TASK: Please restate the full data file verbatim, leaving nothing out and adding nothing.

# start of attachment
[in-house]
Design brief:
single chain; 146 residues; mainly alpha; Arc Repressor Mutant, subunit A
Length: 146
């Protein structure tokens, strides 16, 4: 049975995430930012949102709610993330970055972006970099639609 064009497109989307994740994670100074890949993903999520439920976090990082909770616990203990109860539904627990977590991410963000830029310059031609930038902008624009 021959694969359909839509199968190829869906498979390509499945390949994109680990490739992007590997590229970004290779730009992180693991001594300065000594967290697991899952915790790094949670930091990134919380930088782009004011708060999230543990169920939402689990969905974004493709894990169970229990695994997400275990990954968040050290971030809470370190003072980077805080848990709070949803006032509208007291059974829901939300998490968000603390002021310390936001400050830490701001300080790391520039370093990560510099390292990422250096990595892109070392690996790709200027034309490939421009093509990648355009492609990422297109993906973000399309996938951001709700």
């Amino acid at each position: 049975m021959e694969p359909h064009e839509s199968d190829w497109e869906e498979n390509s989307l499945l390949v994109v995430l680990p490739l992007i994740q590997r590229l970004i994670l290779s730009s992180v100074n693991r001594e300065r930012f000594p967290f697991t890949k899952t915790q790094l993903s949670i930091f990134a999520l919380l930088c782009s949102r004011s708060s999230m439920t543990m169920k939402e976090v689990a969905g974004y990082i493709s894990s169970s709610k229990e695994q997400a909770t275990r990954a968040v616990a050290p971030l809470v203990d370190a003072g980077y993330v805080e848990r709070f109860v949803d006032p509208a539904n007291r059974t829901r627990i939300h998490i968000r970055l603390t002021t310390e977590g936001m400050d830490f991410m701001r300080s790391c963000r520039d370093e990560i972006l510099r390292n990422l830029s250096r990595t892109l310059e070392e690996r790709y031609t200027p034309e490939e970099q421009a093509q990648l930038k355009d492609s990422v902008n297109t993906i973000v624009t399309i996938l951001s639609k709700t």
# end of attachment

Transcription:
[in-house]
Design brief:
single chain; 146 residues; mainly alpha; Arc Repressor Mutant, subunit A
Length: 146
């Protein structure tokens, strides 16, 4: 049975995430930012949102709610993330970055972006970099639609 064009497109989307994740994670100074890949993903999520439920976090990082909770616990203990109860539904627990977590991410963000830029310059031609930038902008624009 021959694969359909839509199968190829869906498979390509499945390949994109680990490739992007590997590229970004290779730009992180693991001594300065000594967290697991899952915790790094949670930091990134919380930088782009004011708060999230543990169920939402689990969905974004493709894990169970229990695994997400275990990954968040050290971030809470370190003072980077805080848990709070949803006032509208007291059974829901939300998490968000603390002021310390936001400050830490701001300080790391520039370093990560510099390292990422250096990595892109070392690996790709200027034309490939421009093509990648355009492609990422297109993906973000399309996938951001709700």
């Amino acid at each position: 049975m021959e694969p359909h064009e839509s199968d190829w497109e869906e498979n390509s989307l499945l390949v994109v995430l680990p490739l992007i994740q590997r590229l970004i994670l290779s730009s992180v100074n693991r001594e300065r930012f000594p967290f697991t890949k899952t915790q790094l993903s949670i930091f990134a999520l919380l930088c782009s949102r004011s708060s999230m439920t543990m169920k939402e976090v689990a969905g974004y990082i493709s894990s169970s709610k229990e695994q997400a909770t275990r990954a968040v616990a050290p971030l809470v203990d370190a003072g980077y993330v805080e848990r709070f109860v949803d006032p509208a539904n007291r059974t829901r627990i939300h998490i968000r970055l603390t002021t310390e977590g936001m400050d830490f991410m701001r300080s790391c963000r520039d370093e990560i972006l510099r390292n990422l830029s250096r990595t892109l310059e070392e690996r790709y031609t200027p034309e490939e970099q421009a093509q990648l930038k355009d492609s990422v902008n297109t993906i973000v624009t399309i996938l951001s639609k709700t």